What Libraries Learned Through The Warm Welcome Campaign
The following blog piece is a reflection by Warm Welcome Campaign partner, Libraries Connected. It outlines findings about libraries that offered Warm Welcome spaces this winter, as brought to light by the webinar ‘Warm Spaces: What Next?’.
Libraries have played a vital role this past winter in providing warmth and support for those affected by the ongoing cost-of-living crisis.
Whilst libraries function all year round as public spaces in which people can shelter from extreme cold or heat, the financial pressures experienced by so many in 2022 – particularly related to rising fuel prices – meant that this role was cast into the spotlight on a national level.
Our briefing note on the cost-of-living crisis, published in September 2022, suggested that most public library leaders were actively looking at taking part in a ‘Warm Bank’ scheme. We were also aware in the summer of 2022 that many libraries were preparing for an increase in people visiting for warmth by installing extra desks and comfier chairs. We know that library services followed through on these plans with alacrity.
All 47 of Norfolk’s council-run libraries were turned into ‘warm spaces’, giving those struggling to heat their homes the chance to sit in comfort with free hot drinks or soup. Norfolk, like many other services, joined the ‘Warm Welcome’ campaign. Libraries could use this website to register their location as a warm space.
On Thursday 23 March we held a webinar, ‘Warm Spaces: What Next?’ with three guest speakers. We were joined by Sam Marshall, Operations Manager at Hampshire Public Libraries, David Barclay, Manager of the Warm Welcome Campaign and Ravneet Virdi, Head of Tackling Loneliness, Department for Culture, Media and Sport. This was a timely and important opportunity not only to reflect on libraries’ experiences of running ‘warm spaces’ during the winter of 2022-23, but to look at how those projects might help inform future schemes within the library sector.
Sam told us about Hampshire’s early preparatory activities. In October 2022, the service distributed 800 ‘warm bags’, 3000 food vouchers and held coat exchanges for those most in need. Alongside these emergency activities that came out of the cost-of-living crisis, Hampshire made sure to publicise their ‘business as usual’ offer. Much of the service’s existing offer, including signposting to services such as foodbanks, is helpful to those in need of assistance. However, the service also went far beyond its usual offer in working with partners to develop community pantries and fridges in four of its libraries.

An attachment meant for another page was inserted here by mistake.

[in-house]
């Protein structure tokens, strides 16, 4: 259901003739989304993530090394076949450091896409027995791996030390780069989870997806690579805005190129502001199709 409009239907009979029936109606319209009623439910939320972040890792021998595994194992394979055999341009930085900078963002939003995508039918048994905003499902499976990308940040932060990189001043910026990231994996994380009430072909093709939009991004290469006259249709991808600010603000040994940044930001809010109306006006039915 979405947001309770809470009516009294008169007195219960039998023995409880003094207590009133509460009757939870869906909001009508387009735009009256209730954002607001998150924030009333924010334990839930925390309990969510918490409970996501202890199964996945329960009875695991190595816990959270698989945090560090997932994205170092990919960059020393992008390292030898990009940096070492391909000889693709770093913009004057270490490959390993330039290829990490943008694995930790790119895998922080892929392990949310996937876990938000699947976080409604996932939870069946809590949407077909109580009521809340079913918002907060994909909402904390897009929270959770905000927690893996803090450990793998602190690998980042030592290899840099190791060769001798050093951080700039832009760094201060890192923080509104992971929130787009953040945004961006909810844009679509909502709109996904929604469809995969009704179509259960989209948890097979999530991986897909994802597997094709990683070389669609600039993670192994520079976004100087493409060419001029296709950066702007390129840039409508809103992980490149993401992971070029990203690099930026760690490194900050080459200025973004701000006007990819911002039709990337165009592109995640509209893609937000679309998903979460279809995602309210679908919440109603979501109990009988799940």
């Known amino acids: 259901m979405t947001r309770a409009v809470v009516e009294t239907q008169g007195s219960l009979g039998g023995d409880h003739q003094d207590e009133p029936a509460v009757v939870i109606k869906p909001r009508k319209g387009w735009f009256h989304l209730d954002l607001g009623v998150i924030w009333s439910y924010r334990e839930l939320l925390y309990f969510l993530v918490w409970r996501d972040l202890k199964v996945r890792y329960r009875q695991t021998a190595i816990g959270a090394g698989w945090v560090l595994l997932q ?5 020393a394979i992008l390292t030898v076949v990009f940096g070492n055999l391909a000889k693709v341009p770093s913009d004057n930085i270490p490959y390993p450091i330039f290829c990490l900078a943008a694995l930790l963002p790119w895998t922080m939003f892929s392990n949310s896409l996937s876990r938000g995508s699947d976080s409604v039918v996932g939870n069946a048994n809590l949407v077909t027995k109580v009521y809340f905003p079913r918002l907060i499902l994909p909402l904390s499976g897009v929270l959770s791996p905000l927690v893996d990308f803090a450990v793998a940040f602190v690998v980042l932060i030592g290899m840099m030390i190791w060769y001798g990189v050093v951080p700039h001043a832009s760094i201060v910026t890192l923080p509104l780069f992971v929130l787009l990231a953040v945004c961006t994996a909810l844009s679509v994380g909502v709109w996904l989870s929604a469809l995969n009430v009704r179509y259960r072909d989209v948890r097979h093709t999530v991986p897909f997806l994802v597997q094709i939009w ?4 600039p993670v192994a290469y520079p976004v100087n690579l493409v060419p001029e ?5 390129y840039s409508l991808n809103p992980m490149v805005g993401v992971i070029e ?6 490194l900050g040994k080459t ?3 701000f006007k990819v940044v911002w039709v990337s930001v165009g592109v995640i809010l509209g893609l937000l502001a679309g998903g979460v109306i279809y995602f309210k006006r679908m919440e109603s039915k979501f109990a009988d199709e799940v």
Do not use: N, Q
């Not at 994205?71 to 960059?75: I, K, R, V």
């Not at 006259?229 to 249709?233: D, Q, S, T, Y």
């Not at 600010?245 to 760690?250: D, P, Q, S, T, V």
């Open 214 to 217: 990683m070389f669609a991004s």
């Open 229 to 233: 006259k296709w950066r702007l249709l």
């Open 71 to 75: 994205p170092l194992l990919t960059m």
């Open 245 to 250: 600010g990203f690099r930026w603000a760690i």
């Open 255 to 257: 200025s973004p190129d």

On Hayling Island, the library now works with the pantry to provide an after-school club for children ensuring they have access to a snack and a drink in a warm safe space. Sam told us that Hampshire’s ’Warm Welcome’ campaign has led to a significant increase in the use of these pantries in the latter half of the year.
Sam pointed out that a specific challenge arising from Hampshire’s campaign is how to ensure that those who come to the library for support remain in the building to take advantage of the many benefits libraries offer. Whilst the food vouchers proved very popular, many recipients picked them up and left the library almost immediately.
Convincing customers to stay for longer will be a focus of Hampshire’s campaign this coming winter.
David’s talk was particularly valuable for highlighting the coordination that has occurred because of the establishment of the ‘Warm Spaces’ network. He explained that libraries, churches and community groups have fostered new connections as part of the campaign. David explained that these local networks can form new and surprising partnerships with local charities and businesses. In Carlisle, for example, an animal charity offered free pet food to those using warm spaces in the city.
David explained that the challenge for the future will be creating a warm space infrastructure that can support local organisations, building on the work achieved so far. Ideally, David said he sees warm spaces in the future as part of the social fabric of the UK. He suggested a future in which visiting warm spaces during the winter is not an economic but a social necessity and normality. However, David stressed that extra resources must be made available if this idea is to become a reality.
In the final part of our webinar, Ravneet provided valuable lessons for the development of warm spaces drawn from DCMS’s work on loneliness. To encourage social connections, warm spaces might focus on shared, group activities. As Ravneet noted, libraries are ideally positioned because they already provide these activities on a daily basis. As a significant contributing factor to loneliness is living alone, she suggested exploring community transport schemes to bring people into warm spaces like the library.
It was clear from Ravneet’s talk that the future of warm spaces lies in connecting them not just to physical services like these transport schemes but to schemes such as social prescribing. Given their multivarious links within the local community, libraries are ideally placed to fulfil these roles and function as central pillars in the next phase of the warm spaces project.
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